|Year : 2014 | Volume
| Issue : 4 | Page : 249-253
Association between chronic periodontal disease and cardiovascular risk factor hyperlipidemia
Anitha Akkaloori1, Parthasarathi Parthasarathi2, Mohammad Shakeel Anjum2, Praveen Gadde3, Monica Mocherla3, Yadav Rao2
1 Department of Public Health Dentistry, Mamata Dental College, Khammam, India
2 Sri Sai College of Dental Surgery, Vikarabad, India
3 Department of Public Health Dentistry, Vishnu Dental College, Bhimavaram, Andhra Pradesh, India
|Date of Web Publication||10-Dec-2014|
Department of Public Health Dentistry, Mamata Dental College, Khammam - 507001, Andhra Pradesh
Source of Support: None, Conflict of Interest: None
Background: Periodontal disease is one of the major reasons for tooth loss. Accumulating evidence suggests that chronic infections, such as periodontitis, are associated with increased risk for cardiovascular diseases (CVD) possibly through providing a systemic inflammation and found that 25% to 50% increase in risk of CVD for those with periodontitis when compared to those with no or minimal periodontitis.
Aim: To evaluate the association between chronic periodontal disease and cardiovascular risk factor such as hyperlipidemia.
Materials and Methods: A hospital-based study was conducted among the patients who came to the out-patient department. Fifty subjects including both males and females were selected by systematic random method, and community periodontal index was recorded on all subjects. Subjects were divided in to healthy group (controls) and chronic periodontitis group (cases) based on presence/ absence of loss of attachment. Blood samples were collected from all subjects for the measurement of lipid profile in the serum.
Results: Mean total cholesterol values in controls and cases were 190.44 and 200.64, which were not statistically significant between the groups. Mean LDL cholesterol values in controls and cases were 110.96 and 136.64, which were statistically increased in cases (P = 0.003). Mean HDL cholesterol values in controls and cases were 61.60 and 49.28, which were statistically higher in controls (P = 0.041).
Conclusion: Chronic periodontitis patients may have high risk of getting cardiovascular diseases since cardiovascular risk factors such as total cholesterol and LDL are associated with periodontitis.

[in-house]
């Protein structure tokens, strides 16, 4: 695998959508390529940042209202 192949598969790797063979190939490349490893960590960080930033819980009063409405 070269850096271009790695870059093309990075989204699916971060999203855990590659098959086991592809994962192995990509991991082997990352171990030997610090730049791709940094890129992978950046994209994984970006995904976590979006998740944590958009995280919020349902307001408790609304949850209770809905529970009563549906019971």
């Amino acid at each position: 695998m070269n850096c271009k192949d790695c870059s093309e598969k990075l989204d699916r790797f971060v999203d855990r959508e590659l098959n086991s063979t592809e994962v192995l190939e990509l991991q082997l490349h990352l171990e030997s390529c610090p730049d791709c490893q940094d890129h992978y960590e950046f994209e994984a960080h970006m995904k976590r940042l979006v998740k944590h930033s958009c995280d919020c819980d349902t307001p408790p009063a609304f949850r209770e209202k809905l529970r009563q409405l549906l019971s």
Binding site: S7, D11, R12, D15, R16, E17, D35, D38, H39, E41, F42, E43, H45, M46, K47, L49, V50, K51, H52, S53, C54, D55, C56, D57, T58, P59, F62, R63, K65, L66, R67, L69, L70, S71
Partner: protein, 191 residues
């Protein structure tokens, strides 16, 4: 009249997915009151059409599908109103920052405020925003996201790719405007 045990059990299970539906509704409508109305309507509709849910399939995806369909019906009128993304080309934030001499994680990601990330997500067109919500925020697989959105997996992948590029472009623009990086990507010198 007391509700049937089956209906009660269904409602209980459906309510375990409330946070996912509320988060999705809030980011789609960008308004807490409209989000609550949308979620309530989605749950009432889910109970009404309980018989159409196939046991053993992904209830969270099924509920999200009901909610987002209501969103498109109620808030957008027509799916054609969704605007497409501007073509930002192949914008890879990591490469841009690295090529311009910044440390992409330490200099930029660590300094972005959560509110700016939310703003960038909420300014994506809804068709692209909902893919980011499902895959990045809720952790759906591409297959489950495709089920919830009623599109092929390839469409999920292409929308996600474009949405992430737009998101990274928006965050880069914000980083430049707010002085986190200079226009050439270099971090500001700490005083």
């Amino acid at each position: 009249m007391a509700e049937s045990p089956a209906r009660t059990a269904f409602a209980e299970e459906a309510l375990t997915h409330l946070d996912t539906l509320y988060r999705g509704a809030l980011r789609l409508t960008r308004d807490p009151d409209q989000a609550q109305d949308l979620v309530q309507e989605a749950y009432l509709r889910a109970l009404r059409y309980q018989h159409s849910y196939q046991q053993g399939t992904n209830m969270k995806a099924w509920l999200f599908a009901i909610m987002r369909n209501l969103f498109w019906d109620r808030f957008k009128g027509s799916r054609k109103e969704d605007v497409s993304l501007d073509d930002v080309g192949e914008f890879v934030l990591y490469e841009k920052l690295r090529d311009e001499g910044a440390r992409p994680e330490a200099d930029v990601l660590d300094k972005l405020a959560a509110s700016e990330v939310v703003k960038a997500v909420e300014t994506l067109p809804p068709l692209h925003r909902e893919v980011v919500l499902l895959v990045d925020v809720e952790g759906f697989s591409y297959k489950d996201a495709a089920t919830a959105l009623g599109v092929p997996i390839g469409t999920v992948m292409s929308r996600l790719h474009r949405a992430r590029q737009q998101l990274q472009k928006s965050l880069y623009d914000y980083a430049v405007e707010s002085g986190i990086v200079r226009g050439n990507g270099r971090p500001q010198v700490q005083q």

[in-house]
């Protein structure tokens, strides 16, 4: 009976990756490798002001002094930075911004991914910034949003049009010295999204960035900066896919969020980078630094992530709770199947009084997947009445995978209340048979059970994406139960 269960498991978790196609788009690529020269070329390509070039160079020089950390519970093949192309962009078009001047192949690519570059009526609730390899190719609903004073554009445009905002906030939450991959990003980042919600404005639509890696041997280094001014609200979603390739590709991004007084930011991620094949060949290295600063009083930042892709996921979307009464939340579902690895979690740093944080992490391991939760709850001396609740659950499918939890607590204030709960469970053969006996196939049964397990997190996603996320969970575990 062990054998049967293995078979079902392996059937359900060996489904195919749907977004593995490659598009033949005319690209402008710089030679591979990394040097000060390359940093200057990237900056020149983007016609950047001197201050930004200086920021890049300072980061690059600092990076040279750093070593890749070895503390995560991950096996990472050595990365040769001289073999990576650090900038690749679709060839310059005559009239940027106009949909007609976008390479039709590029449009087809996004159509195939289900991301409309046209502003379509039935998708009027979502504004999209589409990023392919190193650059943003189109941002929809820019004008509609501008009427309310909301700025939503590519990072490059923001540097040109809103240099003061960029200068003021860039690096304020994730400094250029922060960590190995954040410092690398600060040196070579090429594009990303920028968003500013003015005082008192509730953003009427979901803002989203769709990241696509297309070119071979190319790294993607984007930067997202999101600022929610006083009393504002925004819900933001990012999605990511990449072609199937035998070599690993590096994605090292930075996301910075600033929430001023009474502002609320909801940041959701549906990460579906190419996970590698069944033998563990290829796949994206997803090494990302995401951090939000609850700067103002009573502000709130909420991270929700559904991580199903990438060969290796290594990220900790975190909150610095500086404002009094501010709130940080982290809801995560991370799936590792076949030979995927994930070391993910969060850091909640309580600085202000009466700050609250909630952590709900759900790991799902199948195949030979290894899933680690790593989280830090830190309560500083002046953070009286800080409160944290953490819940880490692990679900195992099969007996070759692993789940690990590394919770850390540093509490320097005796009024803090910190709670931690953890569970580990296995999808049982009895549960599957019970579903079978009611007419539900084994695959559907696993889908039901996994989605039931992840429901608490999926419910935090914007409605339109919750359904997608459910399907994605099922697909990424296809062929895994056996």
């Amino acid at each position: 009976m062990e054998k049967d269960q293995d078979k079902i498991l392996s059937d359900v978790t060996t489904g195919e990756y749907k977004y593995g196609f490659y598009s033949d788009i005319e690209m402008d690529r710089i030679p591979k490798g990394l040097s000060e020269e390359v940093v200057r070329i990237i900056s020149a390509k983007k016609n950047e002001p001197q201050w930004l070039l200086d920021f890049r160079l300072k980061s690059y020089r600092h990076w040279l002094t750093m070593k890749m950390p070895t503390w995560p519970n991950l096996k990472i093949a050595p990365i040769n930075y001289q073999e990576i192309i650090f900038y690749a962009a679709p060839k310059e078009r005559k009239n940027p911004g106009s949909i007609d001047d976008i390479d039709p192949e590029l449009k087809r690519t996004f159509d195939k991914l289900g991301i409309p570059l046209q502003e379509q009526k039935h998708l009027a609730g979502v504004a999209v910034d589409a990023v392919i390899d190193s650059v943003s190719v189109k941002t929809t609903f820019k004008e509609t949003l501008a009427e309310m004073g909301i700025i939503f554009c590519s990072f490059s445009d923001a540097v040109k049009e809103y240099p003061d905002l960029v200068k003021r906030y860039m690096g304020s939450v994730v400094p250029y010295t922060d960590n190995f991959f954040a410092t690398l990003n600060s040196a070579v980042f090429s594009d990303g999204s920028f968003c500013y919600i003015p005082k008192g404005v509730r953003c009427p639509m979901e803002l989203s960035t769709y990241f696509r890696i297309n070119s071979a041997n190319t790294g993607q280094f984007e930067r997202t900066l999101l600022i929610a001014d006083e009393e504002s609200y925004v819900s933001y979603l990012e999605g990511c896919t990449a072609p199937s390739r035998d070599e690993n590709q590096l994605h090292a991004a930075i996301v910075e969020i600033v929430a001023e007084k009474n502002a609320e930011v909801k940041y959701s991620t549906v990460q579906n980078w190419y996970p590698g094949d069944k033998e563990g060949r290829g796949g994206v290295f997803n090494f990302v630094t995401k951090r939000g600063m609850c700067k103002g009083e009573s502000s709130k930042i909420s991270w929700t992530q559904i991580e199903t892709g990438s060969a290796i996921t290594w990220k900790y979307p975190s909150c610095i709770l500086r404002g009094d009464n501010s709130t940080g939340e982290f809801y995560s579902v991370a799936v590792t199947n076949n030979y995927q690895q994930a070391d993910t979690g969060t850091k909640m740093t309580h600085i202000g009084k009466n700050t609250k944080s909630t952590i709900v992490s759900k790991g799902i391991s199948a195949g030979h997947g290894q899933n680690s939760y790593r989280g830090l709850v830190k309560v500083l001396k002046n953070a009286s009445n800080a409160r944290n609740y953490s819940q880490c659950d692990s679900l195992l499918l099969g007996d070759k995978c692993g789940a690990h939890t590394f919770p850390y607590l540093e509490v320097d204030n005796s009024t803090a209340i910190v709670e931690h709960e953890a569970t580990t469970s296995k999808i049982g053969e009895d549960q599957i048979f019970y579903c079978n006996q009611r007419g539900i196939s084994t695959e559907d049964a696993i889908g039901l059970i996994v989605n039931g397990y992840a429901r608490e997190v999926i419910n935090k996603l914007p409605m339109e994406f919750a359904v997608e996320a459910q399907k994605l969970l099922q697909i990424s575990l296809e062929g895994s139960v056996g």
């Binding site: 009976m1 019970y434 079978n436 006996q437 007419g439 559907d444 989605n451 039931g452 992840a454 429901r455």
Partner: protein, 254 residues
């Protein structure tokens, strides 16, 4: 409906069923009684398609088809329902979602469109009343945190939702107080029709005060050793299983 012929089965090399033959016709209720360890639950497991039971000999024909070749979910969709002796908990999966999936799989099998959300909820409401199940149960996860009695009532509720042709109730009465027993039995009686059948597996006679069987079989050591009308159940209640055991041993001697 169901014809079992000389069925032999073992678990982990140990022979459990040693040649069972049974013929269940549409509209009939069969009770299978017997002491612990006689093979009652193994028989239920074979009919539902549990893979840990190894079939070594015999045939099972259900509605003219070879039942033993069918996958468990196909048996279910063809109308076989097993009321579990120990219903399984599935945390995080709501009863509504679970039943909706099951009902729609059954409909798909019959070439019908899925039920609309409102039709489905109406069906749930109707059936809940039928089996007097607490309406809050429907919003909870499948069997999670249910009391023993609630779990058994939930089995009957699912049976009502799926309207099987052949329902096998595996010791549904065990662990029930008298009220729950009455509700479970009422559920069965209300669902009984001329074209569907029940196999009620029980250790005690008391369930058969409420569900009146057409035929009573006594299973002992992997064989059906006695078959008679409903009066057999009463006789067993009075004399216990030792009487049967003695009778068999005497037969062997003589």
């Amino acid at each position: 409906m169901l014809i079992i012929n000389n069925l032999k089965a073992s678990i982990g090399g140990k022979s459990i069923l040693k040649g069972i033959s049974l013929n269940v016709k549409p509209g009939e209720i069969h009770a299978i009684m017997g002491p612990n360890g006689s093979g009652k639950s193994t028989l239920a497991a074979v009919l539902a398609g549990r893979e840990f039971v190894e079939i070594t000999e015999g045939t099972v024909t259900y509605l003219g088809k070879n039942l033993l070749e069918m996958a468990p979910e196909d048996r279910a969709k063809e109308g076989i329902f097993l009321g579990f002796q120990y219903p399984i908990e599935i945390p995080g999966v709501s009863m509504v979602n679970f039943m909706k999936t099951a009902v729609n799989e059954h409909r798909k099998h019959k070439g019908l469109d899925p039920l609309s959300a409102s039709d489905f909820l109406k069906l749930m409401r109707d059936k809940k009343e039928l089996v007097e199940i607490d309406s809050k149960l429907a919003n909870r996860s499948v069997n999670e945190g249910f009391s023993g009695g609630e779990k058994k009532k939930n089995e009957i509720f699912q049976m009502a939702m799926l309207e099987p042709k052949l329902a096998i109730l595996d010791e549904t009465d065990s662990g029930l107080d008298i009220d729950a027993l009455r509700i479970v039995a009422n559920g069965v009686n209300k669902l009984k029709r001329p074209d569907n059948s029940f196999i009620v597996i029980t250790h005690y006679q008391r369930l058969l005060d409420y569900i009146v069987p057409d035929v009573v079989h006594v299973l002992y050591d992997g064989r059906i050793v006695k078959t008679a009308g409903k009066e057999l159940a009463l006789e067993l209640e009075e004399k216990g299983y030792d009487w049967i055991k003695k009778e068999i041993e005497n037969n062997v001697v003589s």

Keywords: Chronic periodontitis, cardiovascular diseases, and cholesterol levels
|How to cite this article:|
Akkaloori A, Parthasarathi P, Anjum MS, Gadde P, Mocherla M, Rao Y. Association between chronic periodontal disease and cardiovascular risk factor hyperlipidemia. J NTR Univ Health Sci 2014;3:249-53
|How to cite this URL:|
Akkaloori A, Parthasarathi P, Anjum MS, Gadde P, Mocherla M, Rao Y. Association between chronic periodontal disease and cardiovascular risk factor hyperlipidemia. J NTR Univ Health Sci [serial online] 2014 [cited 2020 Apr 2];3:249-53. Available from: http://www.jdrntruhs.org/text.asp?2014/3/4/249/146628
| Introduction|| |
Periodontitis is a chronic inflammatory disease, which destroys connective tissue and bone that support the teeth. Periodontal disease is one of the major reasons for tooth loss and impaired oral health. Poor oral health may have a profound effect on general health, and the experience of pain, problems with eating, chewing, smiling, and communication due to missing teeth have a major impact on people's daily lives and well-being. Severe periodontitis, which may result in tooth loss, is found in 5-20% of most adult population worldwide. 
India is experiencing a rapid health transition, with large and rising burden of chronic diseases, and the Global Burden of Disease Study, estimated that the number of deaths attributable to chronic diseases would rise from 3·78 million in 1990 (40·4% of all deaths) to 7·63 million in 2020 (66·7% of all deaths).